Barbatos 666 played together for a while and their only recording is a CD-R independently released in 2008 in an unknown number of copies and without reissues, Hellstorm has become a collection item if we talk about Salvadoran metal. It is too short to consider it a full length, it is only 29 minutes, but it can be a demo or EP of acceptable duration like those seen in the '80s.
I must say that at first I was quite disappointed by a little convincing start as if there was a serious lack of musical skill, but the improvement is noticeable as the album progresses, it slowly begins to get more consistent and to show a better execution and structure in the songs. I can not help but to think that tracks 2 and 4 could have been merged into one, this would have resulted in a really well structured song, split as these tracks are, they have weaknesses that make them look as little more than fillers to add minutes. We can listen to good nineties-fashioned black metal sections and sometimes the band’s style seems to drift into death metal territories. Marbas has a good vocal performance in the classic black metal style and the rhythmic base of Centauros in the drums and Nightwing in the bass fill well the spaces that could be left in the lack of a second guitar, points for Def that knew how to build the necessary atmosphere.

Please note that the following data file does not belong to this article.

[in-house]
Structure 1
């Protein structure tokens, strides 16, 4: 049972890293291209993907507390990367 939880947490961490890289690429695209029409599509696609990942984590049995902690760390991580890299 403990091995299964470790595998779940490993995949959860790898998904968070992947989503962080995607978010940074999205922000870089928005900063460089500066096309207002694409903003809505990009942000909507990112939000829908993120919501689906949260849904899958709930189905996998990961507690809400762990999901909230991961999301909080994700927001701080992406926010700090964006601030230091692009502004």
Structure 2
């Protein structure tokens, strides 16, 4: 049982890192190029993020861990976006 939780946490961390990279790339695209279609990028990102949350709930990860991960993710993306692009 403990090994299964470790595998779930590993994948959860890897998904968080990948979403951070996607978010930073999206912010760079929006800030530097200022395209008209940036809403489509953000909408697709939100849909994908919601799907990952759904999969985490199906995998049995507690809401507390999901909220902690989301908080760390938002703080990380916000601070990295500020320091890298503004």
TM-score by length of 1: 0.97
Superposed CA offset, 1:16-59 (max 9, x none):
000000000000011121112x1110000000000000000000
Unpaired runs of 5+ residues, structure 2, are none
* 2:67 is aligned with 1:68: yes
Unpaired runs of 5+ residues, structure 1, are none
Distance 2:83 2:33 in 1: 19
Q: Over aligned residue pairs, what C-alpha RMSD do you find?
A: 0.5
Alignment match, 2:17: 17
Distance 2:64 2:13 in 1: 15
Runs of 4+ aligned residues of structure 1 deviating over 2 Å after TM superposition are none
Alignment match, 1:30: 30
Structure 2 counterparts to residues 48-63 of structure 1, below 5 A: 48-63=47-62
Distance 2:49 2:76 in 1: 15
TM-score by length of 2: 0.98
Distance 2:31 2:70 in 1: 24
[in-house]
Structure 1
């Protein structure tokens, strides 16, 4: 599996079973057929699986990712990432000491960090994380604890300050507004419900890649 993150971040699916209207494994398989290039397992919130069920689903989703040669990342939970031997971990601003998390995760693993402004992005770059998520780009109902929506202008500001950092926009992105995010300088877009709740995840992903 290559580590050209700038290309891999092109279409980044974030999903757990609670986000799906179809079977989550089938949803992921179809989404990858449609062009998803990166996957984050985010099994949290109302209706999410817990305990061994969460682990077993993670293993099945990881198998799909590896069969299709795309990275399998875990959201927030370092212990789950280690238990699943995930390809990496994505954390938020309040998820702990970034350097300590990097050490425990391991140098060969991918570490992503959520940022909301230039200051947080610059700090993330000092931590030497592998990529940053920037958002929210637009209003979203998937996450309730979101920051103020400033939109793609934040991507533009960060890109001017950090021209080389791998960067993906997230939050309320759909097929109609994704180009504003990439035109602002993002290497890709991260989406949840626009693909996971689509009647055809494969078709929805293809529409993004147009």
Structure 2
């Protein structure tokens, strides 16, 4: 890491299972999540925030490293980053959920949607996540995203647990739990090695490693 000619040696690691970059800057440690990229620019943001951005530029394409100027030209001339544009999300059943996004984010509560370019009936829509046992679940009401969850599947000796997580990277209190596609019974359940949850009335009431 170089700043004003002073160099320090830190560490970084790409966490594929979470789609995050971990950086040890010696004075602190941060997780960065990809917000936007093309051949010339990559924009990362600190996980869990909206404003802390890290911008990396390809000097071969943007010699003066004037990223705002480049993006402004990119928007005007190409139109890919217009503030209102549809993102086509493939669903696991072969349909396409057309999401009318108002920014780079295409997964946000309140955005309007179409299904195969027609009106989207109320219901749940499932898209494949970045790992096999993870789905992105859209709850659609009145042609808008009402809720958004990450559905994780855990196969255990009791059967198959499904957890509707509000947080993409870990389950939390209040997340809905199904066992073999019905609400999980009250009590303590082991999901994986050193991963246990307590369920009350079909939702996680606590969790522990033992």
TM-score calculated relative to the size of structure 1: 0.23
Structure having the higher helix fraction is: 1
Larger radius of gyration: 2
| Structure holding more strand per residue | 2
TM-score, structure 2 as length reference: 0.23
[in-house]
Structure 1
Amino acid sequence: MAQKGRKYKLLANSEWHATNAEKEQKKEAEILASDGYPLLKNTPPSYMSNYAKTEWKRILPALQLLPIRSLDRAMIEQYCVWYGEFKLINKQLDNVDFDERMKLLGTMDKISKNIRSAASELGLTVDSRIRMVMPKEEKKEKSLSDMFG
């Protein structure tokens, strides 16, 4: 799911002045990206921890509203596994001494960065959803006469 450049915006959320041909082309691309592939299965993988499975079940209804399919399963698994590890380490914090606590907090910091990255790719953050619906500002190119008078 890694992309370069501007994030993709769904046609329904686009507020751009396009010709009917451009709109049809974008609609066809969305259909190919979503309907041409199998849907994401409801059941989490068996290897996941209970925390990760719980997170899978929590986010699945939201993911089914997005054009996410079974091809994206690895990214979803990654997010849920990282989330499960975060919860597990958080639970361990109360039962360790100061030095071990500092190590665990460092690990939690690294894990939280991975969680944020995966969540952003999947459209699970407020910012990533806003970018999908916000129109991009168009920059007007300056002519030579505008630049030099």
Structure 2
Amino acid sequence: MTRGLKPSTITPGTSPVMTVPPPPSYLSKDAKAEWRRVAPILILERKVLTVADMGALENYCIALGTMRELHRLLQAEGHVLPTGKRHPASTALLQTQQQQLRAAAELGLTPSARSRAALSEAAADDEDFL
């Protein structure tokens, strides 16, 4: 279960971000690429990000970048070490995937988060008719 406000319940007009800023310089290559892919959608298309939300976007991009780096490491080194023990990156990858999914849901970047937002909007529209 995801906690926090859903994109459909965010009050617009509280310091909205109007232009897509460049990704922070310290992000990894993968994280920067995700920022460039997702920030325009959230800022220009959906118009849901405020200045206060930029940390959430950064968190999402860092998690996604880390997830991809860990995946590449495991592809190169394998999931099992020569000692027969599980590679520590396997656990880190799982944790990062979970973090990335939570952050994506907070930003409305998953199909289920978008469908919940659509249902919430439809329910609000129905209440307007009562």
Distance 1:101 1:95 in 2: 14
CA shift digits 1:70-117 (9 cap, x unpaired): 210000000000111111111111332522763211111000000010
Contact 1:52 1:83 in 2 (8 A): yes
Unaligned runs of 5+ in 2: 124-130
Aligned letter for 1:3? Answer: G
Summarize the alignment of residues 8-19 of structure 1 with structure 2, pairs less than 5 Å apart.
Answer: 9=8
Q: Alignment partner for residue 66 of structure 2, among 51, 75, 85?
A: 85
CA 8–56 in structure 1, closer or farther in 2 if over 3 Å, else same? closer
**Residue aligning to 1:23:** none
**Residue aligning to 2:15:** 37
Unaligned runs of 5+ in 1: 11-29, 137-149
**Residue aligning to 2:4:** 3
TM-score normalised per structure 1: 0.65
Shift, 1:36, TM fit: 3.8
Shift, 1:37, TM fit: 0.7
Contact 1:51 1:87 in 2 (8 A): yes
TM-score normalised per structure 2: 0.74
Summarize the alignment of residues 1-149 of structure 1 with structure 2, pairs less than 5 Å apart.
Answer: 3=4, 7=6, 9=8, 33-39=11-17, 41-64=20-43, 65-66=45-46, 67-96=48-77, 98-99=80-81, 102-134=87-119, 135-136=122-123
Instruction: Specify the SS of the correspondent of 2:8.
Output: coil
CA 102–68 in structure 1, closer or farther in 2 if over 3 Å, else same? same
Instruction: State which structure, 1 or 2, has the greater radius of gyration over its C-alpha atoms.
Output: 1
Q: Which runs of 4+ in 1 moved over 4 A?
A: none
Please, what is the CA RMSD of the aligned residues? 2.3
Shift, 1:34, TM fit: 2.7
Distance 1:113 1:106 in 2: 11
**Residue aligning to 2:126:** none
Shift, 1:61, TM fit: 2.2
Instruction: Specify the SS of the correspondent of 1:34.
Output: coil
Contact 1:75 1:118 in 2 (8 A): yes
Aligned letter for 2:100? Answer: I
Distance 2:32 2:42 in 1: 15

"Kill the Nazarene" and "The Possession" are - in my opinion- the best tracks. Sure you heard something similar to these riffs from some other well known bands and songs, but the arrangement of tempos and pauses over a series of simple but well placed harmonic combinations makes these tracks worthy of an anthology.
Guitar solos appear several times throughout this album, this discredits the band’s claim of defining their music as black metal because it is something unusual and personally I don’t consider solos as necessary, as purist as it may sound, that’s my own point of view. If this is supposed to be black metal is not to try to pose as a virtuoso, you do not have to be Louis Cachet to know that.
At the end we have a 1993 classic cover, "Rapture" by Morbid Angel, the guitarist, Def, takes care of the vocals in this track giving a complete turn towards a very well executed death metal.
Even with the little originality displayed in the song titles and the ups and downs we get from track 1 to 9, the album is interesting. Mandatory for any Salvadoran extreme metal collector and recommended for anyone interested in extreme metal.